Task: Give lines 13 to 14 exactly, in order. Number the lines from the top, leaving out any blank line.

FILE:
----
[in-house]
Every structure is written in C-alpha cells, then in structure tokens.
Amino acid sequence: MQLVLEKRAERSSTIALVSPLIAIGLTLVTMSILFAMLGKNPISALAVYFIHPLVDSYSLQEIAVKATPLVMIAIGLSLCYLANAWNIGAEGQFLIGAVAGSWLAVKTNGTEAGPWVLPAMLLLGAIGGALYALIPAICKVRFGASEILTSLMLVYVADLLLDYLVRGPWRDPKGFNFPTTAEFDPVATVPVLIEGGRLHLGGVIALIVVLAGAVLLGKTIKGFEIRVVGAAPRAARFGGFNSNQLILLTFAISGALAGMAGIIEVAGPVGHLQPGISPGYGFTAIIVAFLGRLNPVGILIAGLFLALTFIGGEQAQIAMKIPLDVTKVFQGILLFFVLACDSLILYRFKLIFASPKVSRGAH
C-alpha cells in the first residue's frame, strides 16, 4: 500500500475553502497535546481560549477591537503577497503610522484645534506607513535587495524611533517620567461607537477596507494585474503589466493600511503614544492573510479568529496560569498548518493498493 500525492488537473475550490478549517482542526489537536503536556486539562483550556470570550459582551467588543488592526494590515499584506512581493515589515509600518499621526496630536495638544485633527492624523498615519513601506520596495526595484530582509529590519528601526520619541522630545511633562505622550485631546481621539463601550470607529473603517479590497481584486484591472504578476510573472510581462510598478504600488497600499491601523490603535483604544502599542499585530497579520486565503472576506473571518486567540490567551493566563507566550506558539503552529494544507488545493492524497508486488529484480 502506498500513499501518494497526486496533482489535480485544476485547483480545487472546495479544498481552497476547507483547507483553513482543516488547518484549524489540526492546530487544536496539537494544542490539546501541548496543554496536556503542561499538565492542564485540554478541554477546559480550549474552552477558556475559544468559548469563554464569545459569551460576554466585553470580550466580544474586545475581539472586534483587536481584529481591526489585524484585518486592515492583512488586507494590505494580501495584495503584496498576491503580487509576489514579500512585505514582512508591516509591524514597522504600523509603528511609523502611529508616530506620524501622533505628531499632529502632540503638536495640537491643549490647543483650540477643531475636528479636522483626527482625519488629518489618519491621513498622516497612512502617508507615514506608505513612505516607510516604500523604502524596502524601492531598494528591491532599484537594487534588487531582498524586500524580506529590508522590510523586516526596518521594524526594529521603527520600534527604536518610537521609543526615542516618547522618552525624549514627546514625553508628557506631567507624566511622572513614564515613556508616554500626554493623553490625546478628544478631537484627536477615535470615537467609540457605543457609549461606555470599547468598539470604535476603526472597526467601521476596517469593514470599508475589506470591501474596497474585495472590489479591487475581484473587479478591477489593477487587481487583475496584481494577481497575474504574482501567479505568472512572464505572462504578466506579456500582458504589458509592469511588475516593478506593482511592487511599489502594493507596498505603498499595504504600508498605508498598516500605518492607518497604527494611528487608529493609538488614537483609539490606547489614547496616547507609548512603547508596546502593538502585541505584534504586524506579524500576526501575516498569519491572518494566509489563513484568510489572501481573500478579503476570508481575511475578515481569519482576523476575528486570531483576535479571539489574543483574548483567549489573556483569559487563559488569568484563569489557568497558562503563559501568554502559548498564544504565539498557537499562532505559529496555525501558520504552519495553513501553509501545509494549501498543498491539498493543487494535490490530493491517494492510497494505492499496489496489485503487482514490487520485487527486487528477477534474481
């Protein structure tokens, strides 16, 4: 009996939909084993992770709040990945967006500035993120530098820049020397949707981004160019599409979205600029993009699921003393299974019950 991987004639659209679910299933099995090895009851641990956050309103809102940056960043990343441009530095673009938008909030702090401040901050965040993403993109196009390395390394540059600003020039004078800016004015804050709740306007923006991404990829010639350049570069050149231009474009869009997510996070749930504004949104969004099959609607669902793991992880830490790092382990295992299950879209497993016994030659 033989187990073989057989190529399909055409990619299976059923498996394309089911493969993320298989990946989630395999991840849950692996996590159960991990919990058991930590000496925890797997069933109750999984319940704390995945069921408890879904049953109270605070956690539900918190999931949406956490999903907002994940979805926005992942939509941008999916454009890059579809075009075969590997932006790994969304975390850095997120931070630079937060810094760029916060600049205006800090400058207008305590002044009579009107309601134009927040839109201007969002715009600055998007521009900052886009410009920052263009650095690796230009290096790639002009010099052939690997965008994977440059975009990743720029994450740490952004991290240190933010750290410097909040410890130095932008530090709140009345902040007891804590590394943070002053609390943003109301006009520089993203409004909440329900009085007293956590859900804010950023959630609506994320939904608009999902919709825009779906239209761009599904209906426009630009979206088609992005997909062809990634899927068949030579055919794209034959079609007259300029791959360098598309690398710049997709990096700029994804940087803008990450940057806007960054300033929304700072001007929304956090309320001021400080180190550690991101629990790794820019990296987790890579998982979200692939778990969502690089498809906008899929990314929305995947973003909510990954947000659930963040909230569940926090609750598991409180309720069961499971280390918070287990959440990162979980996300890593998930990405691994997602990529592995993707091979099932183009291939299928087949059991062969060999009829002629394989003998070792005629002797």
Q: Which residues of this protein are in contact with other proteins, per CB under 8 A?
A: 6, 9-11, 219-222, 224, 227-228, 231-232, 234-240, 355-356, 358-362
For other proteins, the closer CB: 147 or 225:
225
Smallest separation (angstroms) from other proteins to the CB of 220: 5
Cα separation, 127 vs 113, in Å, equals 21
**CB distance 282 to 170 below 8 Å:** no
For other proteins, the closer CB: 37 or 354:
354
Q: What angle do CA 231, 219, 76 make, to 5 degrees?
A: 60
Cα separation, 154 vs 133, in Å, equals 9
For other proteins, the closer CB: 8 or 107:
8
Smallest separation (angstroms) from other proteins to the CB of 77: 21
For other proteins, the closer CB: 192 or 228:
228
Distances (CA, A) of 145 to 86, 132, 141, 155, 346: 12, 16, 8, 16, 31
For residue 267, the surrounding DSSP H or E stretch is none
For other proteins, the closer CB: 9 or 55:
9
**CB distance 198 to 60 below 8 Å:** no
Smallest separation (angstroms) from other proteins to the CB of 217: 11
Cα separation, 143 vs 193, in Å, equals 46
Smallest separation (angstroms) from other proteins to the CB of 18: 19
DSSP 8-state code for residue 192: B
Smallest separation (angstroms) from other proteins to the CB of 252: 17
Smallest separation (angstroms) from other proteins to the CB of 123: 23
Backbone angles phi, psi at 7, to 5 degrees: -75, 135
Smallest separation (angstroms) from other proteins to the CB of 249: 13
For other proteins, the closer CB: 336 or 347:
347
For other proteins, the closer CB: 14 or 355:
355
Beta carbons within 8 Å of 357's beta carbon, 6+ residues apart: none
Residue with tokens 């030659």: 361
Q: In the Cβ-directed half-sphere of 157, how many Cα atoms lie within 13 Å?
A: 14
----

For other proteins, the closer CB: 37 or 354:
354